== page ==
As consumers, we go through the process of constantly gathering data in order to make the best purchasing decisions. Parents do the same with school choices. Parents want proof for the claims we make which should not surprise us. We are conditioned to expect evidence to back up claims made by others for two reasons: experience tells us that people lie and evidence helps us differentiate one product from another.
If we are strategic, we can give parents what they want in an effective and usable format. Usable and memorable are key factors because parents then have what they need in order to compare school options. Parents want evidence delivered by people who are in command of the numbers—this is demonstrated by having confidence in their schools reliability and knowing how to talk about the data. Finally, they want them to tell a story—a story of their child or a child that they can identify with.
When it comes to academics it is critical that we report success stories so people don’t assume. So, be sure to show standardized test scores. Create the right comparison groups—this is especially important in areas where your competition is unique. If your main competition is other non-Christian private schools, then that needs to be a comparison group. However, don’t be forced into comparing on their terms. If you have a wider academic student profile then create reasonable segments of your student population to compare and make a point to highlight the value of having a more diverse student population. Likewise, when it comes to college choices, show where your students were accepted and highlight the schools to demonstrate that your students have a wide range of options.
When it comes to spiritual formation, we can demonstrate this is important to us by doing research. When prospective parents ask us about the spiritual life of our school it is important to have answers based on data. We need to show the impact we have on our students while they are at our school and demonstrate how this affects career choices. These are powerful things to demonstrate as it is not acceptable to simply say we hope we are having an impact.
We are often asked by potential clients questions specifically related to how our services will impact their bottom line. “How have you helped increase enrollment? What other schools in this area have you worked with? How many schools are you currently working with? What percentage increase in enrollment should we expect?” We can’t get to other elements such as partnership potential, mentoring employees, or customer service development at their school until we have addressed these types of numeric questions. The same is true for us as a school when we are talking with prospective parents.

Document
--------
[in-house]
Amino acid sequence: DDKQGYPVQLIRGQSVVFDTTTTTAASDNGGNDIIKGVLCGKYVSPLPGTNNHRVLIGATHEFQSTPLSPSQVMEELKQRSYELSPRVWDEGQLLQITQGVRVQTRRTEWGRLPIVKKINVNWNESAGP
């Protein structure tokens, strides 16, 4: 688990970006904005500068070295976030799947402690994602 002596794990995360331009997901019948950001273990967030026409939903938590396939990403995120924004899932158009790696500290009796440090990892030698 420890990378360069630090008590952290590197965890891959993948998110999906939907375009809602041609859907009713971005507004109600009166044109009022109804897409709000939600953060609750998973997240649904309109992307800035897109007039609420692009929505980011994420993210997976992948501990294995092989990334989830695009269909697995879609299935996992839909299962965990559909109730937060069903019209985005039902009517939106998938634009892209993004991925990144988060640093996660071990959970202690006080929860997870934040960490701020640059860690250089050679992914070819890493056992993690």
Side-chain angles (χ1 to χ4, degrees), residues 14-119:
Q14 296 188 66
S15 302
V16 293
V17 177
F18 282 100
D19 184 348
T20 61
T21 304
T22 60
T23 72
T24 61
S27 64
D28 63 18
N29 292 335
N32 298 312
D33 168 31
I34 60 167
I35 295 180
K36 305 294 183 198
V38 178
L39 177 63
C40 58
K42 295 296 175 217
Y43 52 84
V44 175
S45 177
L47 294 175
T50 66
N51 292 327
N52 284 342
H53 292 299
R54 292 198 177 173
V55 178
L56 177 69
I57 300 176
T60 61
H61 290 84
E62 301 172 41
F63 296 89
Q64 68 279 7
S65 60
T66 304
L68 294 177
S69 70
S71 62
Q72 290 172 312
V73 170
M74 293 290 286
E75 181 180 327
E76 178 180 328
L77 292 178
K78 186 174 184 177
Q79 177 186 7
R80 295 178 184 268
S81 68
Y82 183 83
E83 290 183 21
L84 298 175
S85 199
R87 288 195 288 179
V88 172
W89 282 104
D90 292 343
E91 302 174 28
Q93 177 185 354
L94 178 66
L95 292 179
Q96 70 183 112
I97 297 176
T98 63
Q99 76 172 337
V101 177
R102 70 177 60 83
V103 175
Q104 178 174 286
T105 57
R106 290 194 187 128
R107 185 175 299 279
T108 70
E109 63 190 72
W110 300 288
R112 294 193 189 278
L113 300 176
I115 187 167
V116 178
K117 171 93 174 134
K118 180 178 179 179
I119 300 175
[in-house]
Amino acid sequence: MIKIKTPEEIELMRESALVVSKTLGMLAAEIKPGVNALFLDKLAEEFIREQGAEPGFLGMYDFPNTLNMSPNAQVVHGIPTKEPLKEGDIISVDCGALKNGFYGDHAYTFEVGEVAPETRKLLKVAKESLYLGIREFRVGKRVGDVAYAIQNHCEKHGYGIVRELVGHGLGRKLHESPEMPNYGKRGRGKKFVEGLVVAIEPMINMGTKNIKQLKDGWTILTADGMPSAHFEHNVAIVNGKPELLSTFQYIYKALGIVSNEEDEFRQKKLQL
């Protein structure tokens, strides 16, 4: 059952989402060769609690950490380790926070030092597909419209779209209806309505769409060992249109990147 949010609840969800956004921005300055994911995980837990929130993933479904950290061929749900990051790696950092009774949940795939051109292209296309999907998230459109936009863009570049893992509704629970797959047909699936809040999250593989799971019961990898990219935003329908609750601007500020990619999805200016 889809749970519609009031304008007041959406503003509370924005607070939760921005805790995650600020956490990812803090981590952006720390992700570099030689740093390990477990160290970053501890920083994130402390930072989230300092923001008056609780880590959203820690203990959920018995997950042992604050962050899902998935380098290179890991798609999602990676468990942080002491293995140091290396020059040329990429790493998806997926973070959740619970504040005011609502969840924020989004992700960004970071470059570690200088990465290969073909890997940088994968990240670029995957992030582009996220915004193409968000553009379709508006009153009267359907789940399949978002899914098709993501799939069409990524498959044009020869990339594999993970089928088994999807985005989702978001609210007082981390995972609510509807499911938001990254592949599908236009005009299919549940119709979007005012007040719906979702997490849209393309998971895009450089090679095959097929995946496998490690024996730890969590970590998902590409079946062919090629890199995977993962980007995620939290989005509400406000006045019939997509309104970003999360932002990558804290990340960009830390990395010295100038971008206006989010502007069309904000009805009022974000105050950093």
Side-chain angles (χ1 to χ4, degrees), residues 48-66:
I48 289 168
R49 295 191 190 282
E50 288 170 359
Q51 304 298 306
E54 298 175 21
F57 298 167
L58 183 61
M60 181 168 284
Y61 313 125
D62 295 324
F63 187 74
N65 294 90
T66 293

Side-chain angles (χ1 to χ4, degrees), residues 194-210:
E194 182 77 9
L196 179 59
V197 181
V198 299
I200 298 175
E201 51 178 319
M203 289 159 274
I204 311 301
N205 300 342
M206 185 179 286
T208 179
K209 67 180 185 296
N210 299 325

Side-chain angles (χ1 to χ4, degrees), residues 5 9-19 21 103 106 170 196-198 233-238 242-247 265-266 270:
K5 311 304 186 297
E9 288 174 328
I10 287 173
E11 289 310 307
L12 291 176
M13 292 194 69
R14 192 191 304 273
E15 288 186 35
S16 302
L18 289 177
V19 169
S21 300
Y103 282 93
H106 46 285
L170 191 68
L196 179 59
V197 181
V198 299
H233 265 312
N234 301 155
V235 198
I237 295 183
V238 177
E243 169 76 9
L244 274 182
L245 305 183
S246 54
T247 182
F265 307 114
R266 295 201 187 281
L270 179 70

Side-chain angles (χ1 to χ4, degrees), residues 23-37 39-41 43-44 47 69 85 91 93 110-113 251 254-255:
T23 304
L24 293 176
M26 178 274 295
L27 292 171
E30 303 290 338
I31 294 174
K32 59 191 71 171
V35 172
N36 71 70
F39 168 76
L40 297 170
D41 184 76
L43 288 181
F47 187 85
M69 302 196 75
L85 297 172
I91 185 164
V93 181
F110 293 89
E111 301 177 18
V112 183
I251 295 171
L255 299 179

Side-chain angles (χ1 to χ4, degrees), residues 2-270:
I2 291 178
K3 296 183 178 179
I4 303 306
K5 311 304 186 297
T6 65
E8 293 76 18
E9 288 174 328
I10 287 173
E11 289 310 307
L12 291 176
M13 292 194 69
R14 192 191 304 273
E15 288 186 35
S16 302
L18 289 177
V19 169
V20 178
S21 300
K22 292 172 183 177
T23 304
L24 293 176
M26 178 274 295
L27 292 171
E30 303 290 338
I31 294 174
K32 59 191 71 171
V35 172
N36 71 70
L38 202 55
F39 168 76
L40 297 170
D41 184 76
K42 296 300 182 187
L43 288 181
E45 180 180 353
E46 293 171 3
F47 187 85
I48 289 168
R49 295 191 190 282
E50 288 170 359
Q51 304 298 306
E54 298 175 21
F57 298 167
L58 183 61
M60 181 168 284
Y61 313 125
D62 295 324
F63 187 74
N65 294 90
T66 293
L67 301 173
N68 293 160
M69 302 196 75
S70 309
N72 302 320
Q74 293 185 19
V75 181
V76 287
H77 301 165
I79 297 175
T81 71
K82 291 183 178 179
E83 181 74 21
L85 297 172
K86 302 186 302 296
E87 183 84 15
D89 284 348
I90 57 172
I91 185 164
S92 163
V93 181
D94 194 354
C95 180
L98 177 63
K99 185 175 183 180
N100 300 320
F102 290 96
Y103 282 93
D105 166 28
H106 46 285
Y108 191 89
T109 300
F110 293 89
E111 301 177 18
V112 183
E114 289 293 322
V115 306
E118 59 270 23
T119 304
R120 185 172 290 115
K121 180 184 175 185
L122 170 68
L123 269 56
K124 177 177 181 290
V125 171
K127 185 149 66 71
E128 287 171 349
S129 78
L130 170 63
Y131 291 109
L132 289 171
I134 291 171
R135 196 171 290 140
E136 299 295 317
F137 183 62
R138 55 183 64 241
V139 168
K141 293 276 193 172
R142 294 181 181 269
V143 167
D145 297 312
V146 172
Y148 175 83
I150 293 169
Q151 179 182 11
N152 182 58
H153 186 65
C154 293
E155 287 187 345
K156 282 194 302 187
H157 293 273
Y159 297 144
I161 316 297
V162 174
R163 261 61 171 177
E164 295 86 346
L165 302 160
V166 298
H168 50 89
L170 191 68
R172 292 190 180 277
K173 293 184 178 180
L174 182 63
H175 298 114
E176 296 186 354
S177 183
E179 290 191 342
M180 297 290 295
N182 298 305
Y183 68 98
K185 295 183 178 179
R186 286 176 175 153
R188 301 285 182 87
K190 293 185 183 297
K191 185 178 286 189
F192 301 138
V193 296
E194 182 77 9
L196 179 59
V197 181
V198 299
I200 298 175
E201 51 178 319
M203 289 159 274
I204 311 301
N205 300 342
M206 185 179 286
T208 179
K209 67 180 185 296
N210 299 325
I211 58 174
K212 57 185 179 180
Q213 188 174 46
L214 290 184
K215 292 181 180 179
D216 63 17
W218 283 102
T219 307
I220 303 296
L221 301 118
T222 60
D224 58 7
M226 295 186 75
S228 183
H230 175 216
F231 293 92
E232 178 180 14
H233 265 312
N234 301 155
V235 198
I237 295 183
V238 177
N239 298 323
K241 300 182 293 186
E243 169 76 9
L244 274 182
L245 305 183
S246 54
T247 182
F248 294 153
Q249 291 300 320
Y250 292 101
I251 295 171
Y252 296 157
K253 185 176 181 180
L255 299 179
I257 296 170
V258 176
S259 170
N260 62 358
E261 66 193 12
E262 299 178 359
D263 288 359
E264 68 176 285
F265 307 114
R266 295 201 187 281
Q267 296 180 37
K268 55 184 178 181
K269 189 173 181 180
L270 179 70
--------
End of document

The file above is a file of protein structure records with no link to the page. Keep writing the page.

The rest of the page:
It is important to be prepared to answer questions before they are asked because our credibility improves when we can successfully predict what questions a potential customer will ask. Once the question is asked by the parent we lose the opportunity to demonstrate to them the degree to which we understand their fears, concerns and areas of interest. If we can create messaging that successfully addresses potential questions before they are asked, the customer will view us as that much more of an expert and worthy of their consideration. This is a huge potential customer service win.
So, to the extent that we can gather elements of frequently asked questions and include these answers in our messaging we can better serve the prospective parent. Additionally, so long as an area of concern goes unaddressed, the prospect will potentially believe that we do not have an answer for their question. We never know if the question goes unasked because the parent didn’t think of it or because they chose not to ask it. Our assumption should be the latter so that we are proactive in addressing possible concerns.
Paul T. Neal (paul.neal@cace.) is Sr. Vice President for Marketing and Enrollment at Cairn University and co-founder of Charter Oak Research where he serves as Principal and Chief Research Officer. Charter Oak Research is a marketing research and consulting firm focused on resourcing and supporting Christian schools and colleges, other Christian ministries and for profit organizations. Charter Oak brings marketing research to bear on the strategy and tactics of enrollment and advancement needs of clients to improve brand awareness, perception and sustainability. Paul has presented and been published on: the use of normative data in analysis, respondent motives, trends in education and online communities and respondent quality. Prior to founding Charter Oak Research, Paul was a Principal at Olson Research Group for 15 years as well as serving as the Associate Director of the Center for the Study of Federalism at Temple University responsible for qualitative research on political culture and U.S. Public Policy. Paul has served as an adjunct faculty member at several Philadelphia area universities. Paul is a graduate of Eastern (B.A.) and Villanova (M.A.) Universities and attended Temple University for further graduate study.